A love letter to Rainbow

Freshly returned from a camping holiday and staring down the barrel of months of separation, I feel the need to express my love of this very special place.

“Rainbow” – or more accurately Cooloolah National Park,  which encompasses the area north of Noosa Heads – Double Island Point (the Great Sandy Highway), Rainbow Beach and Inskip Point – is quite simply my spiritual home.

I could not say why there, rather than the myriad other beautiful places in Queensland (or somewhere I’ve actually lived) but for me, Rainbow is irrevocably and undeniably “home”.

As a child, we moved around a fair bit but we spent many weekends with our family at Caloundra and its beaches. As much as I love Caloundra, it doesn’t have this hold over me. We lived briefly in the jaw-droppingly beautiful hinterland town of Witta (near Maleny) and the feeling I get when I visit that region is the closest comparison to Rainbow – though it’s a gentle “yin” tug at the heart, rather than the “yang” smash of Rainbow.

On our most recent trip, after all the dramas of finding camp and setting up, we walked out onto the golden white sand, gazed at the seemingly endless waves and the corner of Fraser Island, and I started crying. All the stress, worries and concerns of everyday life were somehow swept away – burst by the overwhelming beauty in front of me, and of the real and tangible sense of “coming home”.

For anyone who’s interested, some good places to find out more are the government’s Great Sandy National Park page, their Inskip Peninsula pageWiki, Our Rainbow x 2 and a Geocache page.

So, to Rainbow, I say:

I love you. I cannot imagine my life without you. Knowing that you are there, waiting for me to visit once or twice a year, is a lifeline of hope and reassurance.

I remember when we first met – S and I had only just gotten together and drove up to the ferry in the middle of the night. My girlfriend L was with us,  in the Suzuki Sierra, and we were high. I thought it was a fun adventure but didn’t realise what would happen once the sun came up, the midgies and mozzies settled down, and the ferry started up again. My now-husband had told me nothing about where we were going, quietly confident that I would fall in love.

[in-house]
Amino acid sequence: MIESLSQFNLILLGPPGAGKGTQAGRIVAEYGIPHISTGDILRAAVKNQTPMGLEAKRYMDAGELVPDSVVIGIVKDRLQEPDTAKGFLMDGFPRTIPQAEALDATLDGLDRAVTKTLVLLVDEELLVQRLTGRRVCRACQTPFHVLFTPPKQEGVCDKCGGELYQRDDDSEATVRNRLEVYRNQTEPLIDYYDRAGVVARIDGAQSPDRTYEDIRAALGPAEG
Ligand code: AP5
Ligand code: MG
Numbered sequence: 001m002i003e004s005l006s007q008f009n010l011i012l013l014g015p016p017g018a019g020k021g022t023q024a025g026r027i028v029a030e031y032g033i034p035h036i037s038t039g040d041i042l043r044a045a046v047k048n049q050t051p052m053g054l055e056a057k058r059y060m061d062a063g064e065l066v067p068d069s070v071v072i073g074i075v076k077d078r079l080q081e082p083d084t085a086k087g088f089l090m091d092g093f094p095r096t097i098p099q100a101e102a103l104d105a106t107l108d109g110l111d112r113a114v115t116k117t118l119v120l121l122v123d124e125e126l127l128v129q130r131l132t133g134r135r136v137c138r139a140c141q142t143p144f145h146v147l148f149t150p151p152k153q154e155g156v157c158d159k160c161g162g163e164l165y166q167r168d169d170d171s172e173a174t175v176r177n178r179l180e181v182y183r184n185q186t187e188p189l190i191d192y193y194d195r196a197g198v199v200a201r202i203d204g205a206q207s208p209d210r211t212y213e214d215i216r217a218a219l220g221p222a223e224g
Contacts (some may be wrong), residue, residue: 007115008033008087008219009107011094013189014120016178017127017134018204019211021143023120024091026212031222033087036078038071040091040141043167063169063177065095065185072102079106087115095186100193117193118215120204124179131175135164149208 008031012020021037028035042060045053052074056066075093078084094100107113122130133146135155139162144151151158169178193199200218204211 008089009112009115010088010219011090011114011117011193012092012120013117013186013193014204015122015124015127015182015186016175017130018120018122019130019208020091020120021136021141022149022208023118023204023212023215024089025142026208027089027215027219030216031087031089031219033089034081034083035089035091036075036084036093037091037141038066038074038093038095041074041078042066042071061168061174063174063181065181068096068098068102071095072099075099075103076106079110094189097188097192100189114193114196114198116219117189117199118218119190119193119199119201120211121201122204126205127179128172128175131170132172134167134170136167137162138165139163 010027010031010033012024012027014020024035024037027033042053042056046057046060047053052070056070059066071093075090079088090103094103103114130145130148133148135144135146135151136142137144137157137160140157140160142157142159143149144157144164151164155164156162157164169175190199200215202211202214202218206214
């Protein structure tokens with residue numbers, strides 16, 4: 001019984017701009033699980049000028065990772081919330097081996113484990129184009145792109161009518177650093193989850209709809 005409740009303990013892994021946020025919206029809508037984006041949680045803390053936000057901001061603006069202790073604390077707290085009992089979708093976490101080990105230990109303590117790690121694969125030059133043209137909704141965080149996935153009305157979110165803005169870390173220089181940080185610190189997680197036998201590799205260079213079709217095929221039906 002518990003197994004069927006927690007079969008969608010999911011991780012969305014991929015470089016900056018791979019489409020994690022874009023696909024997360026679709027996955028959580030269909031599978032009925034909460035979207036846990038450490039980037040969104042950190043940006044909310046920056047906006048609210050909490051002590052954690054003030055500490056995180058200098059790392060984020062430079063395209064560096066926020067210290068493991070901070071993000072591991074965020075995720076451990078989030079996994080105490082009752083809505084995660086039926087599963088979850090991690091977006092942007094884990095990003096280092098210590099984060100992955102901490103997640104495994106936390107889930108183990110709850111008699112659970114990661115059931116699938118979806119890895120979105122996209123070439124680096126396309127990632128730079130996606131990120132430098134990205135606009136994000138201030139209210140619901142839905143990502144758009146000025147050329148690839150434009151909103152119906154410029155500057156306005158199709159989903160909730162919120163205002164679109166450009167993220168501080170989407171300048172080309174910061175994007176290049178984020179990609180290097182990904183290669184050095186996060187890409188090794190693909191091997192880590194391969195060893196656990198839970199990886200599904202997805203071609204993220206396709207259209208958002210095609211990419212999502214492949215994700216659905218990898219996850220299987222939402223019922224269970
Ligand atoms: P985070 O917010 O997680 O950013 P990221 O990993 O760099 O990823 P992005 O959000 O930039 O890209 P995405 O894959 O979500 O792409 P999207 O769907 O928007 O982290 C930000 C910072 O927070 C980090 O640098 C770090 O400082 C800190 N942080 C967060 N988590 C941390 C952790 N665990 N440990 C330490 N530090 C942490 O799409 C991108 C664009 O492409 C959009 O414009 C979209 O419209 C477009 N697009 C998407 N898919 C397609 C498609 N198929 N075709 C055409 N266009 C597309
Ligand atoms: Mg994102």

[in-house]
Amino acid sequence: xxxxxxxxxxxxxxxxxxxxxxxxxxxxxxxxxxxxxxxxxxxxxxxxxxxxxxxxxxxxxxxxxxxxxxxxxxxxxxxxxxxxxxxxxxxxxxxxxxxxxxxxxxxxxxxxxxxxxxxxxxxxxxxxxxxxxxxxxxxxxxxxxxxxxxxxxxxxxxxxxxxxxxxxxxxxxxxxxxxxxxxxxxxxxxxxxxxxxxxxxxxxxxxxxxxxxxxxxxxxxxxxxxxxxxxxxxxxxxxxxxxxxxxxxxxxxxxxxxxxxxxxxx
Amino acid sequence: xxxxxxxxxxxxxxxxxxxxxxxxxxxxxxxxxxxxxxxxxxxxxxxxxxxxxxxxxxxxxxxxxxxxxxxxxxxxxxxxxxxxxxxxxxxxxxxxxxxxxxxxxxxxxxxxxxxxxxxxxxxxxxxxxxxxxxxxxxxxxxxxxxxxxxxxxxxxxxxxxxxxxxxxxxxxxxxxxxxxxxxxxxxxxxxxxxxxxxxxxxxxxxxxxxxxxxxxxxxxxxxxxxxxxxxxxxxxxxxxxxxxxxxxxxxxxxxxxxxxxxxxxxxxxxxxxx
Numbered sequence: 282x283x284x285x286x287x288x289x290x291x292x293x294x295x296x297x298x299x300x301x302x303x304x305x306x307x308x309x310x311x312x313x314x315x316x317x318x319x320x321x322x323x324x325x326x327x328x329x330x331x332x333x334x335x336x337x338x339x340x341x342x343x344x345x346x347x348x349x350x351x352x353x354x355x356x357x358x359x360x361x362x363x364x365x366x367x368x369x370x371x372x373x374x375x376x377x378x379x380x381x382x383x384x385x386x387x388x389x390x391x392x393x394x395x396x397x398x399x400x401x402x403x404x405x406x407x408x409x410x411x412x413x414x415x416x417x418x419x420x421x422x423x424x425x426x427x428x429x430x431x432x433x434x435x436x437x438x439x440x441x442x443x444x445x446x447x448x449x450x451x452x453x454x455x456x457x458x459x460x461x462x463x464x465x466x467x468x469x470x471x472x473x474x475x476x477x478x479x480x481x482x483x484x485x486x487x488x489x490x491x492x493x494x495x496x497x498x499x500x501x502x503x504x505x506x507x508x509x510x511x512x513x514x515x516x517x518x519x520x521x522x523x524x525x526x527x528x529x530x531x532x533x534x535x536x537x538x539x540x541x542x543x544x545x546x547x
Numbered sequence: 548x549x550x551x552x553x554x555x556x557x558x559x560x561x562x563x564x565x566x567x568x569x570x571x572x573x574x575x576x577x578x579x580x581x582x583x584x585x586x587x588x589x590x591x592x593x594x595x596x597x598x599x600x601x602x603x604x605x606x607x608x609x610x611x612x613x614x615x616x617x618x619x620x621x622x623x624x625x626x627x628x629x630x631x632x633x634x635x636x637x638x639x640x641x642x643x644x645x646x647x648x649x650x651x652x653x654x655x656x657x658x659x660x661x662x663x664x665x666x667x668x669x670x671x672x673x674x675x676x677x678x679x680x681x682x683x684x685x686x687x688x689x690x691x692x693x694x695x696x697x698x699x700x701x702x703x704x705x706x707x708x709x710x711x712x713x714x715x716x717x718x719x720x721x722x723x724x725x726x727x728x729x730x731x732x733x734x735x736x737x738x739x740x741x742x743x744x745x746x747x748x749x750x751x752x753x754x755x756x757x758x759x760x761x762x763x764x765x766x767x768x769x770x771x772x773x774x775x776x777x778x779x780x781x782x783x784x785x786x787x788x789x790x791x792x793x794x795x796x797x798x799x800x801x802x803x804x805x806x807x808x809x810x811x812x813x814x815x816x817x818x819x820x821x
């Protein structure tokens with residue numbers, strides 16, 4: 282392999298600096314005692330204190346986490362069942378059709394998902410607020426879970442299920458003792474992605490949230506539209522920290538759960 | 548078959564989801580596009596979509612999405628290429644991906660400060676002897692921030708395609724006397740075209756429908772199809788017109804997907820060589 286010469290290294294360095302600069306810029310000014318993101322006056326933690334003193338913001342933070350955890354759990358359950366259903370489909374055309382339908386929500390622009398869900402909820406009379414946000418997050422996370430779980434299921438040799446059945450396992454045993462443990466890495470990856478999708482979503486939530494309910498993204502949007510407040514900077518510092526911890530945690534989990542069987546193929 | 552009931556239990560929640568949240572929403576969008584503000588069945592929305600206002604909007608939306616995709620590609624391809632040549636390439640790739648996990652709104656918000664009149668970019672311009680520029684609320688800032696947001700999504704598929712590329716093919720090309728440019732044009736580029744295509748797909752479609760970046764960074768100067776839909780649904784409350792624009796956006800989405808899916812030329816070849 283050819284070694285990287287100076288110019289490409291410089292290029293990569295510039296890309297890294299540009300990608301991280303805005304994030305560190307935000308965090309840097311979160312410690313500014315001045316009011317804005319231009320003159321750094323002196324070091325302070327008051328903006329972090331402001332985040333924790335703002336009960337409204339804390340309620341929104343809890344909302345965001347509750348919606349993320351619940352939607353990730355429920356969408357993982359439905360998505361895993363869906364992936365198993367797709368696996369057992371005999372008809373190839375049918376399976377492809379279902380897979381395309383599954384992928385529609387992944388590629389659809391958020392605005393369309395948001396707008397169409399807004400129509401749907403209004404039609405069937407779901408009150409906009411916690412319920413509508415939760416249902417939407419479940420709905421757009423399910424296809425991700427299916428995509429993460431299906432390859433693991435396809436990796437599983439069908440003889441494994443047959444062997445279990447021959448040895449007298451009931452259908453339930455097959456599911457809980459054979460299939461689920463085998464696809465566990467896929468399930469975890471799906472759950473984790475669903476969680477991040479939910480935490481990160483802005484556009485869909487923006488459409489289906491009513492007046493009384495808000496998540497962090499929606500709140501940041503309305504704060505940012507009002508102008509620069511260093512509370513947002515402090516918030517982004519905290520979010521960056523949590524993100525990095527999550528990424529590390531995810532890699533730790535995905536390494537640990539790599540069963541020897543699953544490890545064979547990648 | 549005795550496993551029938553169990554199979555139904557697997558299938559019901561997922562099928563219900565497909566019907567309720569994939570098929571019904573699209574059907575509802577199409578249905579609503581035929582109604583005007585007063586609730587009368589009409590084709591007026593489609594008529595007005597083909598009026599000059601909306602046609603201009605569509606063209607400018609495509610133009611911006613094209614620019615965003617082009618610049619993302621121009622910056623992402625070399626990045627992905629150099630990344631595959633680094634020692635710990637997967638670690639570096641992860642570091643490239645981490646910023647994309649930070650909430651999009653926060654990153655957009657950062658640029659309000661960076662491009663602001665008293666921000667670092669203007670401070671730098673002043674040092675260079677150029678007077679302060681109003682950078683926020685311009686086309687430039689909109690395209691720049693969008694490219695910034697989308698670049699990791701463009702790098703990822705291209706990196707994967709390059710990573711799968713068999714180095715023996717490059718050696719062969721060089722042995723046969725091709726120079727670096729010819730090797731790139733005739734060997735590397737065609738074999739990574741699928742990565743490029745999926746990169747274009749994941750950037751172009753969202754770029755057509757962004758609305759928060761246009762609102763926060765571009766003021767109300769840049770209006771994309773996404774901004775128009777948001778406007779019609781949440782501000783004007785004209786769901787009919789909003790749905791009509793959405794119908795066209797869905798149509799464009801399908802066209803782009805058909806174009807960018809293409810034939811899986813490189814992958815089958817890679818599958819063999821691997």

Once we were ferried across, there was a drive along bush tracks and then we reached a point when he turned to us, grinned, and said “hold on”. An almighty smash later, we seemed to have levitated and our beers had escaped from hand to floor (yes, high and drinking – at least the driver wasn’t!). We’d just gone over the infamous crevice on the short track to you.

After that… well, I don’t have words to explain it. My girlfriend and I were stunned into gaping silence. For kilometre after kilometre, the beach stretched on, waves crashing to our right (and a pinky, new sky stretching out to the infinity of the watery horizon) and dunes undulating to our left.

I felt something grab hold of my heart, and you’ve never let me go. L and I – we normally chatter incessantly – were in a speechless trance for what seemed like hours. S just basked in the beauty and his own sense of pride for introducing us. I remember the rough inland track – Freshwater – clattering us to our senses before he took us in to Rainbow town, and then to Rainbow Beach.

That was very early 2005 and I was a fresh-faced 20 year old. S and I came back, just the two of us, to camp at Double Island Point twice before the end of 2006 and they are some of my happiest memories.

We were married in September 2006 and for us there was only one option for our honeymoon – we came to you. For seven glorious days, we stayed in the penthouse suite of one of the (then) few fancy hotels, and spent our days next to the Sierra at Rainbow beach. One morning we even got to ride horses along the beach in that stretch between Rainbow and Inskip. It’s the only time we haven’t camped directly on your shores but I don’t think we cheated on you too much – we could see you from every angle of our room!

Since then, life has changed a lot – I’m now 29, have had a change in career, and we still don’t have those kids we so dearly want. I’m heavier than I was, back when I’d confidently run about and pose for photos in a bikini. The drugs were phased out years ago but alcohol – beer especially – continues to go hand in hand with our visits. I now take photos (so many photos!) as I try and capture some of your magic. My marriage is now care-worn, I am weighed down with stress, the mortgage is years old and the outside world has become harder. All that falls away though with the first glimpse of your beaches and waves, and everything somehow becomes ok again.

Honeymoon 2006 - pretending to fish

June 2008

June 2008